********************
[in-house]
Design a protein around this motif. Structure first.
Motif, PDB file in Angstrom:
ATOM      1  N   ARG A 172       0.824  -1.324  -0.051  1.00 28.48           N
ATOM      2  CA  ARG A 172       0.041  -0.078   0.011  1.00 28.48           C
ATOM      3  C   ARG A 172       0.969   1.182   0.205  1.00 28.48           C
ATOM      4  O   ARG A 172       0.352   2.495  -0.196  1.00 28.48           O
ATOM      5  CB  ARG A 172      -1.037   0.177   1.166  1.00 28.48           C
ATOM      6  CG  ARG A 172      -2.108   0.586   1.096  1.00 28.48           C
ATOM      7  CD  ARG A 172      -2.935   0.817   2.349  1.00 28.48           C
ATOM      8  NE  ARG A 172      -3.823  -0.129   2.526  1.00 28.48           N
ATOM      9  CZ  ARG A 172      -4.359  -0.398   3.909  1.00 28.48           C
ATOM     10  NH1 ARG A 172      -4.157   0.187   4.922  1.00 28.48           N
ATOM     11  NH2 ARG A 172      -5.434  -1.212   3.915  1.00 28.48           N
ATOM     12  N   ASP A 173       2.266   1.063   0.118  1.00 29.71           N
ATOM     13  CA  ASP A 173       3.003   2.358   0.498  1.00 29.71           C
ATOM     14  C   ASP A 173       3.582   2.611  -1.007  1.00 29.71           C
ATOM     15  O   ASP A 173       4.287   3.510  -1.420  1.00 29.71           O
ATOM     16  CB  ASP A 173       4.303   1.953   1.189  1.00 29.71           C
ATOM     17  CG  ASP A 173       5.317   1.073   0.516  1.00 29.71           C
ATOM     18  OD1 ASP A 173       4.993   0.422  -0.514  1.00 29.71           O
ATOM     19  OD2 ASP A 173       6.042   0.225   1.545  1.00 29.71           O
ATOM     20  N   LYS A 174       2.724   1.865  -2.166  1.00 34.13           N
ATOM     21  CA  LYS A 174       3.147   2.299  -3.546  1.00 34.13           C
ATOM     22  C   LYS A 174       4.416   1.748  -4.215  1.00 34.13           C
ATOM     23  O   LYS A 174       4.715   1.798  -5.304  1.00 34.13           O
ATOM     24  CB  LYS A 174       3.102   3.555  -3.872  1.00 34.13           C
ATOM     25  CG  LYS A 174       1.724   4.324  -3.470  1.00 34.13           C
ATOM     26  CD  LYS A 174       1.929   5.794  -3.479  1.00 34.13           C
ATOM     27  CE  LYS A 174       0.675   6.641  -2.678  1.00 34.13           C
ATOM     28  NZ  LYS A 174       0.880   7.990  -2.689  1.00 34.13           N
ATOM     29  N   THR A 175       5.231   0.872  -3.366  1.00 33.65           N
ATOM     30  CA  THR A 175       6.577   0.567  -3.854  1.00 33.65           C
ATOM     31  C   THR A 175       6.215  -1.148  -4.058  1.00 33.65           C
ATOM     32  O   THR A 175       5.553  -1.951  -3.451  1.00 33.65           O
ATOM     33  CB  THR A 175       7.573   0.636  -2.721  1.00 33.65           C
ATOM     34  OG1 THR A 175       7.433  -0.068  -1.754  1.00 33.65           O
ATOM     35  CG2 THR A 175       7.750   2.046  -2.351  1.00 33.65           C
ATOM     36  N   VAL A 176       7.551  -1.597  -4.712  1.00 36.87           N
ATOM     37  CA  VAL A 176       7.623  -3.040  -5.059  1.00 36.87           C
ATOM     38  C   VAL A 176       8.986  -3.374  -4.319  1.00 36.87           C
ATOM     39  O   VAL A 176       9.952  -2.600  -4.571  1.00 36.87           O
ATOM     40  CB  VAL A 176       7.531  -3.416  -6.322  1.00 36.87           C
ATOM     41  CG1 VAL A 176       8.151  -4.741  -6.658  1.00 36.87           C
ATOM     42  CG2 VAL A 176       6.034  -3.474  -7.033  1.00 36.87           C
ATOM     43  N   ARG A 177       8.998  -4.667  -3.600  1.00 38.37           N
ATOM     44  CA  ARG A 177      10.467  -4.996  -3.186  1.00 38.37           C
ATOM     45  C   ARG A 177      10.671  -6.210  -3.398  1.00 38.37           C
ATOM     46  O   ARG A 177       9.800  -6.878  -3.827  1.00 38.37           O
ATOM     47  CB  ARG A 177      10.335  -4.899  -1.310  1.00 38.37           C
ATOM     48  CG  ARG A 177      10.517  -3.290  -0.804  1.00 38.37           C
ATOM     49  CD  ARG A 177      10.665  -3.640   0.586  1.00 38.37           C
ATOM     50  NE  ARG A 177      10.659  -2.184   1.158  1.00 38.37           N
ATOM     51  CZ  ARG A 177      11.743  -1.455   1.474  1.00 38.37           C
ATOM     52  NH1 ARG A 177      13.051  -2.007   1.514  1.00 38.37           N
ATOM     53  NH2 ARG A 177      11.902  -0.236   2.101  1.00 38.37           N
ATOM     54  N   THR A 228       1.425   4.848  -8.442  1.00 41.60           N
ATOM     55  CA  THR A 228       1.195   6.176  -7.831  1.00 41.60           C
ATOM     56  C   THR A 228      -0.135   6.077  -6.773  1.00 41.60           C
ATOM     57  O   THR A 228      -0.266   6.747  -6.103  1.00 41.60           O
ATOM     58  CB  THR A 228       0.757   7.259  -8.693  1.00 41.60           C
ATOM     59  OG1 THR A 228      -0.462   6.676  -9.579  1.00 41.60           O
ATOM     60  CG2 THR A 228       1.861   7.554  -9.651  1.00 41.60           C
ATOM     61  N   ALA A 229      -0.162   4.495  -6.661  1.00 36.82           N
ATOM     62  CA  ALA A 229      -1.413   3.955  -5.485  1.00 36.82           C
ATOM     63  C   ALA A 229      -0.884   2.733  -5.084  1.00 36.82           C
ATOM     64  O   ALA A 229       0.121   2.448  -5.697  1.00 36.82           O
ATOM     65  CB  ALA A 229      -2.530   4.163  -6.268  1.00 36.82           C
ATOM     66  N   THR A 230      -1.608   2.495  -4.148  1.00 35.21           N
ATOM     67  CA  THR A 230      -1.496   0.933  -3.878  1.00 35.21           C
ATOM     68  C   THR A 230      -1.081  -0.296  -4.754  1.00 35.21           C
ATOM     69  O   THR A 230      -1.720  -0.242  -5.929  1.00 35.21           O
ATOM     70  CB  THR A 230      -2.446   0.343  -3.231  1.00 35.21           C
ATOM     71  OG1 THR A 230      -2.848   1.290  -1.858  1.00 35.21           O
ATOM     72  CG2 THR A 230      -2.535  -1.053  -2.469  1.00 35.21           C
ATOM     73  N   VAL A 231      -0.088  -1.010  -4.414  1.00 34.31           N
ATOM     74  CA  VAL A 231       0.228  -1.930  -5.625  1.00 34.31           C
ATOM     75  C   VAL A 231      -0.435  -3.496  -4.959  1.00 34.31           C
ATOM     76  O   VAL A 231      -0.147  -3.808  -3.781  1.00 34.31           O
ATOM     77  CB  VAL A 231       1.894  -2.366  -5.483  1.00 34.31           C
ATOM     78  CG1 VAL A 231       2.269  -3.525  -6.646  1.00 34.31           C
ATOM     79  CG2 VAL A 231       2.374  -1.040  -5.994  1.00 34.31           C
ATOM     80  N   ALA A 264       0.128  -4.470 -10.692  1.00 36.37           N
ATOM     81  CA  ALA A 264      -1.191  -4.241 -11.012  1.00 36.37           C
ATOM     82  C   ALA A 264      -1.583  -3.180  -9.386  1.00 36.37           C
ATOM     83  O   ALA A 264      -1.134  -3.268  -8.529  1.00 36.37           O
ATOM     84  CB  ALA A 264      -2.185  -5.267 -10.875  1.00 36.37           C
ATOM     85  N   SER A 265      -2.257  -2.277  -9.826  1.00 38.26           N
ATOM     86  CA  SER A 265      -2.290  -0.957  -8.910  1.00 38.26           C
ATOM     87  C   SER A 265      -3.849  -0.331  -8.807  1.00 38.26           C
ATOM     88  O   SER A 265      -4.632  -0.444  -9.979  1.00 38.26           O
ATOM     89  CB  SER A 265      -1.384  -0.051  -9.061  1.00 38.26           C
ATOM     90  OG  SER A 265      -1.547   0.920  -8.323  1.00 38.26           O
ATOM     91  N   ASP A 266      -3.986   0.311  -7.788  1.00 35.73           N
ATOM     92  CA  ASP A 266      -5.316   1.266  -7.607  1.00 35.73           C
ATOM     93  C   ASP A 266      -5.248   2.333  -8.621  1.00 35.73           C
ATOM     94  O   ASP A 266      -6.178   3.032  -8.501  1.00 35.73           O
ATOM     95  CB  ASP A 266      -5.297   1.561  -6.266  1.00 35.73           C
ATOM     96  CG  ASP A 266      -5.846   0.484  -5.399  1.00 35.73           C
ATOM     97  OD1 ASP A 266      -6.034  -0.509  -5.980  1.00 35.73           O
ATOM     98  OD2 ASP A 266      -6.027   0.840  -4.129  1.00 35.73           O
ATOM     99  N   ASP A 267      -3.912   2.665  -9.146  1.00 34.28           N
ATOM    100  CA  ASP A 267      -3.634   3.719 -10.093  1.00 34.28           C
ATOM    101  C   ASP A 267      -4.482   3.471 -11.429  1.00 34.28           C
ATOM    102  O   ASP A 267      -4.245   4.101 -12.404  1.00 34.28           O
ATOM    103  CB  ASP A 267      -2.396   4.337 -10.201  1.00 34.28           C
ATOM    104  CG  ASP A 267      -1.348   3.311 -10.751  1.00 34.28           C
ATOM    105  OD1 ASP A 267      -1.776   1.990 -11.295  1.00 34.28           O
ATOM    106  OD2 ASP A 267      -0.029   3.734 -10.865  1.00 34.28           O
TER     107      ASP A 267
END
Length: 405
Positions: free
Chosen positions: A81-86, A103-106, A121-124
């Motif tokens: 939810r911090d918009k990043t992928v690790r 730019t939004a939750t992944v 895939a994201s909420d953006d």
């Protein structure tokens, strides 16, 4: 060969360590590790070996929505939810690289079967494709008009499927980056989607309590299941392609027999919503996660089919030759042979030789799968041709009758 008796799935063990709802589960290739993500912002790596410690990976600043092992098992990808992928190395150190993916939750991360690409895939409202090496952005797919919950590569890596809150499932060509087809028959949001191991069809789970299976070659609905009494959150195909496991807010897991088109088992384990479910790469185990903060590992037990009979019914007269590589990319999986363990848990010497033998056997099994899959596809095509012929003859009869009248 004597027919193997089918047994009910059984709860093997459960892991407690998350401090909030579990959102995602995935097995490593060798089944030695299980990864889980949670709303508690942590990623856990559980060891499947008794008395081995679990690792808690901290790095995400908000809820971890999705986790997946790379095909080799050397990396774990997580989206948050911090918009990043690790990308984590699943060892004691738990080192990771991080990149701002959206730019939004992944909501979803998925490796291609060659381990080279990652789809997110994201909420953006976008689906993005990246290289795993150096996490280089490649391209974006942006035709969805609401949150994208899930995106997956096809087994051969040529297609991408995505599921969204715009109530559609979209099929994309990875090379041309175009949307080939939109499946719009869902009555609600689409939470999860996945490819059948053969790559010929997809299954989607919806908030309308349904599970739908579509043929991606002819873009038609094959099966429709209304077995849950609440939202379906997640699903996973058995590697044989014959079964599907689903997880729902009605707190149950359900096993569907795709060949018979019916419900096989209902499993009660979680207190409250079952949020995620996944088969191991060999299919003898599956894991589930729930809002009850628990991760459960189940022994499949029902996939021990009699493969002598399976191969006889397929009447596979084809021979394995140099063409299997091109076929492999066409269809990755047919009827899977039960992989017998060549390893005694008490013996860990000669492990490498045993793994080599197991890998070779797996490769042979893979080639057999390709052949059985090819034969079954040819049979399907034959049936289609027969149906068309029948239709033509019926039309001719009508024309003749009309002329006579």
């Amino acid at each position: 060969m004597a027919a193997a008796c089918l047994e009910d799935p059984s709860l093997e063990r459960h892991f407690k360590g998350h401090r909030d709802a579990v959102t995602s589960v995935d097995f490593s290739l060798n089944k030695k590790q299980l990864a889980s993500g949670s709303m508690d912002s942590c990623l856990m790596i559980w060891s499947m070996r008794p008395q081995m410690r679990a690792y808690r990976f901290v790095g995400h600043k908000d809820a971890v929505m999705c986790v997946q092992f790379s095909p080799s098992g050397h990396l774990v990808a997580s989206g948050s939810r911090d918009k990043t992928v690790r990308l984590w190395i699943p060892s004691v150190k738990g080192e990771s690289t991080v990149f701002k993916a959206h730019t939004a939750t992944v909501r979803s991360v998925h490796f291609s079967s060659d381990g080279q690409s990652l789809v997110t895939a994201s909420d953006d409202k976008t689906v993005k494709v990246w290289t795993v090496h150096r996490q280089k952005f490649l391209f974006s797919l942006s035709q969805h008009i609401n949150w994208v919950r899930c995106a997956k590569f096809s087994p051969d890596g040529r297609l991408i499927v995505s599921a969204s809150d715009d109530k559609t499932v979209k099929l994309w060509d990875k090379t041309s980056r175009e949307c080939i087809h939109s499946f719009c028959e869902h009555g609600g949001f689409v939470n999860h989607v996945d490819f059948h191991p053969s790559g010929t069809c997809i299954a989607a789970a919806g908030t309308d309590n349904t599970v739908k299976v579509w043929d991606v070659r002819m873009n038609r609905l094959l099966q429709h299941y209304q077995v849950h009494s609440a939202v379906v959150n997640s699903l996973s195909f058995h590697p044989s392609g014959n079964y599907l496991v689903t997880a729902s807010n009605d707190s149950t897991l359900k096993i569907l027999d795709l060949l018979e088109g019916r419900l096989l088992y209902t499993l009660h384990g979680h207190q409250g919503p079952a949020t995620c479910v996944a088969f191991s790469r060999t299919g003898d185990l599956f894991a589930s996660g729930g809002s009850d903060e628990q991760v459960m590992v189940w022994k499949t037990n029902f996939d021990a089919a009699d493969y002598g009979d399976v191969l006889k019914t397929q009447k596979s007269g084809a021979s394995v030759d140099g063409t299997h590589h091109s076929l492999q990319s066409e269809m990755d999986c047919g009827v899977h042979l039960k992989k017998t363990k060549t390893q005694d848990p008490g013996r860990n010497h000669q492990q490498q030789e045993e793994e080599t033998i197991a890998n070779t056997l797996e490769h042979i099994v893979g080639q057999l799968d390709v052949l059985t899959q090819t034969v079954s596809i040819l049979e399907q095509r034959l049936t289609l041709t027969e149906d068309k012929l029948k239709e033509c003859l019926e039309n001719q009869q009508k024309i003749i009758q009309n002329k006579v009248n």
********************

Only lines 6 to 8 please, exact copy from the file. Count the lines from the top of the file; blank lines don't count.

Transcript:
ATOM      3  C   ARG A 172       0.969   1.182   0.205  1.00 28.48           C
ATOM      4  O   ARG A 172       0.352   2.495  -0.196  1.00 28.48           O
ATOM      5  CB  ARG A 172      -1.037   0.177   1.166  1.00 28.48           C